By Ben Togut
Jonathan Bennett has always had his sights set on Broadway. A self-professed “musical theatre freak” who spent much of his adolescent life performing, Bennett moved to New York at the beginning of his career with the hopes of getting on Broadway. However, fate had other plans. He soon booked a role on All My Children, and later landed the part of heartthrob Aaron Samuels in Mean Girls, leading to a successful career in TV shows and movies. After putting his theatrical aspirations on pause, Bennett finally fulfilled his dream of being on Broadway when he joined the cast of Spamalot as Sir Robin on January 23rd.
“You can take the kid out of the theater, but you can’t take the theater out of the kid,” Bennett told Broadway’s Best Shows. “And my whole life has been longing for that itch that has never been scratched. And that is Broadway.”
Bennett has been wholeheartedly welcomed into the cast of Spamalot, especially by Michael Urie, who played Sir Robin in the revival before Bennett. Ever since Bennett closed the deal to take over as Sir Robin, Urie has gone above and beyond to make sure Bennett feels confident for his Broadway debut, including taking him out to dinner and personally introducing Bennett to everyone backstage.
“[Michael] has been in constant communication with me from the day that this happened to make sure that I feel comfortable because he cares so much about the show,” Bennett said “And he cares so much about the character. I don’t know of that ever happening with someone coming into a cast. And that’s because Michael Urie is a superhuman with the biggest heart.”
For Bennett, one of the challenges of being Sir Robin is playing a character who isn’t the sharpest tool in the shed yet is completely unaware of their shortcomings. Taking over the role from Urie, Bennett plans to exaggerate Sir Robin’s naïveté and to channel his feelings about being on Broadway for the first time to capture Robin’s excitability.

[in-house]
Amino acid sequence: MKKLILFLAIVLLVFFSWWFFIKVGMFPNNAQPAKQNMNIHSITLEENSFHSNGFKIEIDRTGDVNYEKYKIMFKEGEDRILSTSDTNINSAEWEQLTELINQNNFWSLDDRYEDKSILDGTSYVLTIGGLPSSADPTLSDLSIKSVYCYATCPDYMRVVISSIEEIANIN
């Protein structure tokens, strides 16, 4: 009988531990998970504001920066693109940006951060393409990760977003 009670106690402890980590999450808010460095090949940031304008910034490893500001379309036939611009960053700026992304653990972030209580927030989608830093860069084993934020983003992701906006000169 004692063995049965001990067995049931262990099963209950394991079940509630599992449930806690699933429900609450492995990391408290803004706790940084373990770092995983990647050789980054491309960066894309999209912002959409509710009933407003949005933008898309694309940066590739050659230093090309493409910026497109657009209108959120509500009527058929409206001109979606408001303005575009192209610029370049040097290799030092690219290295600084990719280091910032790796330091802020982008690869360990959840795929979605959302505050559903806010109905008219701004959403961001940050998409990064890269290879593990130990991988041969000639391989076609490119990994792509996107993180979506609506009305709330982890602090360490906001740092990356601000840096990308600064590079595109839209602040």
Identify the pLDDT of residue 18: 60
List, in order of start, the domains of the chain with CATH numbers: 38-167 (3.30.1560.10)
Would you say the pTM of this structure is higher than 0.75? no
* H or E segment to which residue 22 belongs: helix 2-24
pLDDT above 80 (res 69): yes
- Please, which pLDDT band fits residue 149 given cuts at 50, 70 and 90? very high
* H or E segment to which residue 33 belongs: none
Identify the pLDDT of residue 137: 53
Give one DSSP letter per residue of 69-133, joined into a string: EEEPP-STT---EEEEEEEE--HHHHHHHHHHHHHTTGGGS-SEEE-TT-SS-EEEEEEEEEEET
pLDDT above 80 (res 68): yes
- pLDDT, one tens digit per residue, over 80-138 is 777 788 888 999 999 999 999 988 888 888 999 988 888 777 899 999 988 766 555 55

“I think my Robin is a little more eager for acceptance,” Bennett said. “He gets excited a little bit more than Michael’s Robin. And I think I’m going to just pull from my excitement of making my Broadway debut and my dream coming true.”
More than his time as an actor, Bennet believes his experience hosting shows like Cake Wars and Times Square Ball has prepared him most for the Broadway stage, allowing him to stay present, and think quickly and creatively on his feet. As someone who is often in front of the camera, Bennett is eager to go all out with Spamalot’s irreverent humor and make a fool of himself in front of a live audience.
“I am a gay, only-child actor,” Bennett exclaimed. “There is nothing I love more than attention, and people clapping and laughing at my stupid jokes. I can’t wait to get on stage and play and test out material and jokes and different ways to deliver lines and different improvs.”
Speaking with Bennett ahead of his Broadway debut, his enthusiasm for Spamalot’s spirit of play and the revival’s dynamic cast is palpable.
“I’ve never seen a cast that has such an unexplainable spark,” Bennett said. “It’s different every single night because you never know what the heck is going to come out of Alex Brightman’s mouth. You never know what the heck Leslie Kritzer is going to sing. And so every night the whole cast is electrified as they stand there and wait to hear who’s going to try to crack the other one up. And when you have that happening on stage, the audience just goes nuts for it. I’ve never seen lightning in a bottle on Broadway the way that you see it when you see Spamalot.”
Bennett is making his Broadway debut soon after the movie musical version of Mean Girls comes to theaters, which he finds mysterious but in no way a coincidence. As the film that launched his career reaches new audiences, Bennett will take the next step in his career, finally realizing his Broadway dreams. He hopes Spamalot is just the beginning.“My goal, with doing Spamalot, and making my Broadway debut, is to continue to aggressively work in the Broadway and theatre space, “ Bennett said. “Because, as Dorothy from The Wizard of Oz once said, ‘There’s no place like home.’”